Just raise the NotifyPropertyChanged event for the property you want to validate or if you are in .NET 4.5 or Silverlight 4 use the INotityDataErrorInfo.


6

Worth remembering also that you can raise NotifyPropertyChanged with String.Empty property. This will force validation of all properties at that level. Can be useful at times.


6

You mention that you don't want to raise property changed for the properties you bind to, but that's really the simplest way to accomplish this. Calling PropertyChanged with no parameter will raise for all properties in your viewmodel. Alternatively you can update the bindings (and force revalidation) on any control like this: ...


6

I wouldn't do this. I would keep the validations done 'inside' IDataErrorInfo simple and contextless. Any validations that depend on context, such as cross-entity validations and validations that are dependent on a database, do that validation when you save the changes. Trying these more complex context based validations in IDataErrorInfo will be error ...


6

In your style triggers you set the tooltip to the Validation error when you have an error. You can do the same when you don't have an error by manipulating the Value property of the Trigger <Style x:Key="StandardComboBoxStyle" TargetType="{x:Type ComboBox}"> <Style.Triggers> <Trigger Property="Validation.HasError" Value="True"> ...


5

I think there is no right way or wrong way. It all depends on your application and whether or not your using different patterns or architectures or have specific needs within your WPF application. If your using different tiered architecture, you could put your validation within the business layer of your application. If that's the case, use This link. ...


5

I had similar problem. Fight it for hours just to realize that something was wrong with adorner layer. What I did is put my with controls inside . And that was it. For some reason this decorator layer sometimes is gone. This is certainly true for TabControl (but in my case it was some other reason). So it should look like this <AdornerDecorator> ...


5

The ErrorTemplate for UserControl will be used if bindings to your UserControl use ValidatesOnDataErrors=True. But you can remove the red border with the Validation.ErrorTemplate Attached Property. All controls within your UserControl will only show a red border if you validate their bindings by implementing IDataErrorInfo for the backing ...


5

I agree with Steven that you should perform the server-side validations when attempting to save the data. Another reason for this is network latency. Since WPF's support for IDataErrorInfo uses input events to determine when properties are validated, and results in a blocking/synchronous call to your VM object, the use of IDataErrorInfo has a direct impact ...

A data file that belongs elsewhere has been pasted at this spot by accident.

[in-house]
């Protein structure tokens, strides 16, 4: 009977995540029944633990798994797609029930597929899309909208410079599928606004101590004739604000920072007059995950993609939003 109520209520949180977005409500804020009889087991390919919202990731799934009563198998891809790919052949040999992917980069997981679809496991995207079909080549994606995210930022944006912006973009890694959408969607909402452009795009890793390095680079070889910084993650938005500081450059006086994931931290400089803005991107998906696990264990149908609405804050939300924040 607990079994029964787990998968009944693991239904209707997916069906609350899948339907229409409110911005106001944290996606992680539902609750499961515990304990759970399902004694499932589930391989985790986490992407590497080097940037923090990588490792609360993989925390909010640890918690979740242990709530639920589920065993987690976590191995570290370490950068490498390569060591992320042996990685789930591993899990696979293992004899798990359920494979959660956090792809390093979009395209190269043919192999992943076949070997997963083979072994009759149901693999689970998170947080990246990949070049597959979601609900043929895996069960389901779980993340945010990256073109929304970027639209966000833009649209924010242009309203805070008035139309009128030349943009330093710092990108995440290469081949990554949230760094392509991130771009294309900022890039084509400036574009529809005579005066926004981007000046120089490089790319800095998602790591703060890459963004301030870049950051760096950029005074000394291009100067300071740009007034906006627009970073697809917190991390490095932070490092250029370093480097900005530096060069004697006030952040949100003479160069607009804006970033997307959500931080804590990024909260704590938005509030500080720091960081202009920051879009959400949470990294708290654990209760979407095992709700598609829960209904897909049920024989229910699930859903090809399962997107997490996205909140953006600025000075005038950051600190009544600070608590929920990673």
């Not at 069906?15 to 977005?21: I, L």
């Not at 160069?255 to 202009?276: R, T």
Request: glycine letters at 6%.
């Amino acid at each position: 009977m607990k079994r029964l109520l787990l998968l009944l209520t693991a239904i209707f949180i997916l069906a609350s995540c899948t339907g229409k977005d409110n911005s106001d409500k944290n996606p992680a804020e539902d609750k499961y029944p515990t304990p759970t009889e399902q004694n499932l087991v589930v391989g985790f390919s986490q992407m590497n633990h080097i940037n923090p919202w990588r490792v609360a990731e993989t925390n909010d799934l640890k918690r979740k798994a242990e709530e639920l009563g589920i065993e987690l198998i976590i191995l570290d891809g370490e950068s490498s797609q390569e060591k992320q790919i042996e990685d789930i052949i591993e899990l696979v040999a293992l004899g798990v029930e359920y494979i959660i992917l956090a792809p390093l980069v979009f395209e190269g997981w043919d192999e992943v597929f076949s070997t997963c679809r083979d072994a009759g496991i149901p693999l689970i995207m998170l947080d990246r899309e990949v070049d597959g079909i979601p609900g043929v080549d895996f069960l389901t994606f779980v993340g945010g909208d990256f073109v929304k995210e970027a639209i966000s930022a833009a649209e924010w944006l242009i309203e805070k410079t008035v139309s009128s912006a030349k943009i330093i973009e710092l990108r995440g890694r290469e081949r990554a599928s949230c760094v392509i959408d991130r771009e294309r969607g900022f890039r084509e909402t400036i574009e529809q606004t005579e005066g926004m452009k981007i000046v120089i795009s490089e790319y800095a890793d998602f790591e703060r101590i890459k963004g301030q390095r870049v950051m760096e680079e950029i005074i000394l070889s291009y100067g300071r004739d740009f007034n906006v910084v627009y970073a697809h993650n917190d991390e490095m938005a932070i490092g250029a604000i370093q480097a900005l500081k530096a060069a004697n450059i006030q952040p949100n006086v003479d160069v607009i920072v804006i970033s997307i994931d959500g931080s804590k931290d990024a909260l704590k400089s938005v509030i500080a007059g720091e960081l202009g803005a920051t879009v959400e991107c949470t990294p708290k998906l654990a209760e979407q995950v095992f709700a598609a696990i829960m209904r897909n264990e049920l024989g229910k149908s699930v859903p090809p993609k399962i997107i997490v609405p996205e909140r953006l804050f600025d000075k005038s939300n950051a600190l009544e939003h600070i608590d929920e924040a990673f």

5

IDateErrorInfo IDateErrorInfo is supported by the MVC framework (a Microsoft tutorial can be found here). The default model binder will be reponsible for recreating model objects by binding the html form elements to the model. If the model binder detects that the model implements the interface then it will use the interface methods to validate each ...


5

OK, I found a relatively simple solution which doesn't force me to change any control templates. Instead of decorating each TextBox with an AdornerDecorator like this <StackPanel> <AdornerDecorator> <TextBox Text={Binding ...} /> </AdornerDecorator> <AdornerDecorator> <TextBox Text={Binding ...} ...


5

Late entry to the discussion as I do not want to start a new question. Where I am coming from is to determine the best practice to apply to a medium size ASP.NET MVC project. Let me first summarise our options :- 1) IDataErrorInfo is simple to implement. All you need is to derive IDataErrorInfo in your Model class. The catch is that you are letting your ...


5

Thanks to Michael for his help. Unfortunately, I need bindings to remain constantly synchronized, with only validation deferred. Otherwise, Michael's solution would do the job. So, I went in a slightly different direction. Here is the solution I ultimately implemented. Simple demo: Let's start with the simplest case: My business objects implement ...


4

I believe the problem is with your TextBox's template in the Validation.HasError trigger. <Trigger Property="Validation.HasError" Value="true"> <Setter Property="ToolTip" Value="{Binding RelativeSource={RelativeSource Self}, Path=(Validation.Errors)[0].ErrorContent}"/> <Setter Property="Background" ...


4

Looks like DataAnnotations are getting official support in MVC 2.0. Scott Guthrie published a good article on doing model validation in 2.0 using DataAnnotations. Given that the team seems headed this direction, you might consider that a vote in its favor.